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Weekly USU Mindfulness Meditation Sessions Offer Stress Relief, Improve Readiness

Navy recruits meditate during a Vesak ceremony inside the Recruit Memorial Chapel. Vesak is a celebration of the birth, enlightenment and death of Buddha.

By Ian Neligh


The prefrontal cortex, hippocampus, amygdala, and the brain’s gray matter all benefit from regular meditation practice. Studies from the Department of Defense to John Hopkins to Harvard show practicing mindfulness reduces anxiety, depression, pain and dramatically improves memory.  

With these benefits in mind, a group called Midday Meditation formed five years ago at the Uniformed Services University of the Health Sciences (USU) to provide students, faculty, and staff an opportunity to unwind.

In its early days, the midday meditation group met wherever there was a free classroom or space. With the rise of COVID-19, the once-a-week meditation group adapted and went online — but its mission remains the same.

“It’s for anyone who feels overworked, stressed out, tired, maybe even unsatisfied,” said Dr. Jennifer Rusiecki, professor of preventive medicine in the university’s Department of Preventive Medicine and Biostatistics and one of the group’s founders. 

Rusiecki jokes that some have the misconception meditation can only take place in an uncomfortable, austere environment with demanding gurus. Rather, she said, the weekly 30-minute sessions are an opportunity to learn the fundamentals of mindfulness meditation in a relaxed environment. 

“It takes us out of the crazy thought process most of us are in 99 percent of the time,” Rusiecki said. “I know how busy life is at USU, and it seems like just another thing to think about doing, but the benefits of simply taking some time out, even if it is just once a week, to intentionally sit and be still are tremendous.” 

The weekly midday meditation sessions began in 2016 when Rusiecki and retired USU staff member Sylvia Scherr had the idea to provide a regular time for formal meditation to the university community. Their inspiration was to help encourage wellness for anyone interested.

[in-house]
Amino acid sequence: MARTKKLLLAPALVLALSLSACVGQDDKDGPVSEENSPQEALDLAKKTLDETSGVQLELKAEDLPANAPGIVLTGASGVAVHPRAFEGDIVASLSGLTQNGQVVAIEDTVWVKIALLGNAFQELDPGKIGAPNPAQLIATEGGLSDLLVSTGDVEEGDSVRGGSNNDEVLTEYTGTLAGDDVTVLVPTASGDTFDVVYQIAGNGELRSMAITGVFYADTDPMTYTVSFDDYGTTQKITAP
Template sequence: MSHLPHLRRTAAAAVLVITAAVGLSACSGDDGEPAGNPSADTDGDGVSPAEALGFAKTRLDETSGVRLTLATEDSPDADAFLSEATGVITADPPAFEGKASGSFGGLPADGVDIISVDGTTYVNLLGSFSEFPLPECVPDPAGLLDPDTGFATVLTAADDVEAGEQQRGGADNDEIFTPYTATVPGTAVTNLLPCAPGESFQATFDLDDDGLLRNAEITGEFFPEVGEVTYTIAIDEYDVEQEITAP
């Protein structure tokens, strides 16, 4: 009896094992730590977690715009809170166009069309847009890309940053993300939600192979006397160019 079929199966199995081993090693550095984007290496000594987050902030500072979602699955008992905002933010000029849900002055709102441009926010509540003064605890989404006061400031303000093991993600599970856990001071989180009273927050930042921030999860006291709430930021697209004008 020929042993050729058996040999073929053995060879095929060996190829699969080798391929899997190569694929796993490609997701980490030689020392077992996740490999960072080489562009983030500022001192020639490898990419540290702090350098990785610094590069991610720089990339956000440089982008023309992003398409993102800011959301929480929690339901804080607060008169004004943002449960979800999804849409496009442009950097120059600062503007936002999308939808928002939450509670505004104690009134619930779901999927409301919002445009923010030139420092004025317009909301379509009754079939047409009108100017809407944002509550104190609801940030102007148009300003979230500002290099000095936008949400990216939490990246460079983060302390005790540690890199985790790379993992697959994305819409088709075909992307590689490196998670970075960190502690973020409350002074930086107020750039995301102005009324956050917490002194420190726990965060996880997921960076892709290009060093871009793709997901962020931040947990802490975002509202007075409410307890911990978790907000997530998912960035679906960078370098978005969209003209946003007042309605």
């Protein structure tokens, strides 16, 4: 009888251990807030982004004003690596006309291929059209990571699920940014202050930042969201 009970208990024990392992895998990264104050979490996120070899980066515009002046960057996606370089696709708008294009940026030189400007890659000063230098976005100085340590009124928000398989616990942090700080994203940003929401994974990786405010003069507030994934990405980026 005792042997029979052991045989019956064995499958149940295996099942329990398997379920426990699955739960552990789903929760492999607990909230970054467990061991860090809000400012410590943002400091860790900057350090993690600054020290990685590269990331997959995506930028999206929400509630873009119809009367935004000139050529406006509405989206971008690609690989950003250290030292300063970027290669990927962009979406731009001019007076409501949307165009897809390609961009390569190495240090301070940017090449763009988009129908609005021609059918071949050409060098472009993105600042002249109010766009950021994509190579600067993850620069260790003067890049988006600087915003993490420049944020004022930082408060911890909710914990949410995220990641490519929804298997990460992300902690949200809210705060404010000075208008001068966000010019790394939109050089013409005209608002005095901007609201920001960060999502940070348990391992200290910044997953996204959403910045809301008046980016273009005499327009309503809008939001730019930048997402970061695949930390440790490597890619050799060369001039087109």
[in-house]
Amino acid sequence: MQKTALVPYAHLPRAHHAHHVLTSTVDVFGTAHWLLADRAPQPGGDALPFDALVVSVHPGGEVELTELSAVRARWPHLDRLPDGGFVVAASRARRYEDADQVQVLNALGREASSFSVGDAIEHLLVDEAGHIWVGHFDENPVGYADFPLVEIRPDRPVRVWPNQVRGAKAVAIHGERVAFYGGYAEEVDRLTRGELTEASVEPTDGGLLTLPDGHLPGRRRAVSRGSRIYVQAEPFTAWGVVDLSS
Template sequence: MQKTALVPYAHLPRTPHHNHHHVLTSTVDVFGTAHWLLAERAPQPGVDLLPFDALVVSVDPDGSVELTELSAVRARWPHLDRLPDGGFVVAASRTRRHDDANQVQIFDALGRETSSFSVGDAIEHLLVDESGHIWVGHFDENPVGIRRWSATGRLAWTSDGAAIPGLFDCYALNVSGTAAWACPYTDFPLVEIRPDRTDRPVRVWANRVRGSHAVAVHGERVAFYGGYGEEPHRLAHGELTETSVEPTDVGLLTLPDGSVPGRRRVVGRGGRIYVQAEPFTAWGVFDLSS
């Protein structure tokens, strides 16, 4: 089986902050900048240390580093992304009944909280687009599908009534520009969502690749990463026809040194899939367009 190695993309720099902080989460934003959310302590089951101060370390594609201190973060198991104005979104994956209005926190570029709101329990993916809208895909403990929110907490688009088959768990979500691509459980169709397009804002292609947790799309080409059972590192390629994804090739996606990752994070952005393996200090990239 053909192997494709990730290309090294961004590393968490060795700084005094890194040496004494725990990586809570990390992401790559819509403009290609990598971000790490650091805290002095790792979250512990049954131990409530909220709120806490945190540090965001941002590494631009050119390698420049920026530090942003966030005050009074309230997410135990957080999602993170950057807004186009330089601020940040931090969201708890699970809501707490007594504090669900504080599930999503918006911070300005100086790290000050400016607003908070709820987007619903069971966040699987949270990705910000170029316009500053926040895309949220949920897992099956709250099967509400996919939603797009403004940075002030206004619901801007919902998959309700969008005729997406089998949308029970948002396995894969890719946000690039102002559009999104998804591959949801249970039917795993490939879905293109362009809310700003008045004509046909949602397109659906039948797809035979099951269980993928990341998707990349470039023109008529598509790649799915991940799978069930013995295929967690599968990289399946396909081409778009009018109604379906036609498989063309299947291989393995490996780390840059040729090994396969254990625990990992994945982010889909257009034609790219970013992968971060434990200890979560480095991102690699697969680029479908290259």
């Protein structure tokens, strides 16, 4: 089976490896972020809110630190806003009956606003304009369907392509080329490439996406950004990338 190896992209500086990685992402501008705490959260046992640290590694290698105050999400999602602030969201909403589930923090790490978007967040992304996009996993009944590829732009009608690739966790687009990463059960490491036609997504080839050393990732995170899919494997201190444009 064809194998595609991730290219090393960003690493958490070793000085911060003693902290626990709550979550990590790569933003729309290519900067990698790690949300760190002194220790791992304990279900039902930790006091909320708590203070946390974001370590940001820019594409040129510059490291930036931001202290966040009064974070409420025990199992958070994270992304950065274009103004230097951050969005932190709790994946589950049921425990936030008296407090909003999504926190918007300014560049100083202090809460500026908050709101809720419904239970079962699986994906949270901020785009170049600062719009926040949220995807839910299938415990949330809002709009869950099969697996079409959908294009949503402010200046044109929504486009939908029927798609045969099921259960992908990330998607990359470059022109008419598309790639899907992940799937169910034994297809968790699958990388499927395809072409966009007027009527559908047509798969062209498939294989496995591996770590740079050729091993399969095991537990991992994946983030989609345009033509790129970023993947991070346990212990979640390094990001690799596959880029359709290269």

At the time Rusiecki, an epidemiologist, was applying for grants to do studies focused on how mindfulness and mindfulness meditation could influence epigenetic patterns and influence health.  In other military environments, previous studies showed that it could help reduce pain and stress related to post- deployment and post-traumatic stress disorder for service members, and improve impulse control.  According to USU’s Consortium for Health and Military Performance, it also enhances a service member’s readiness “in garrison, during training, and in theater.”

Both Rusiecki and Scherr had completed courses in Mindfulness-Based Stress Reduction and regularly practiced mindfulness meditation.  

Rusiecki said that taking note of the present moment in a meditation practice sounds easy — but is far from it.

“It is very difficult to get still, slow down, notice their breathing and then notice the sounds around them and how their body feels,” Rusiecki said of practitioners. “Sometimes, the simplest thing is the hardest thing.” 

A screenshot of four people in an online call
The weekly Midday Meditation group was formed five years ago at the Uniformed Services University of the Health Sciences. With the advent of
COVID-19, the group had to adapt, but its mission remains the same - to provide students, faculty, and staff a chance to unwind.
(Screenshot courtesy of Dr. Abigail Konopasky)

According to Rusiecki, first time meditators should just enjoy the present moment and not try to achieve anything in particular, adding there's no such thing as a good or bad meditation practice. 

Other faculty members, students and staff were brought in over the years and proved to be essential to the development of the meditation sessions including assistant professor of Medicine Dr. Abigail Konopasky. Konopasky has practiced meditation for 15 years and said she wanted the meditation learning sessions to be experiential. 

“There’s no knowledge that I’m teaching people, there’s nothing I’m trying to convey like the history of the Civil War,” Konopasky said. “It’s that I want to set up space for people to have an experience where they can be present in their bodies, and their minds, and find some contentment and peace there.”

Konopasky said meditation is a great way to bring down anxiety and stress and help take some things in life a little less seriously. She added it helps to put things into perspective — something helpful in the fast-paced life of a medical or graduate school student. Konopasky added a great way to start was spending as little as five minutes each day focusing just on breathing.  

“We’re a medical school, so what we teach is steeped in evidence — and there is a lot of evidence in scientific literature about the benefits of taking even just a few minutes in our day to practice mindfulness,” Rusiecki said. “Doing a formal mindfulness meditation weekly is a great way to get started.”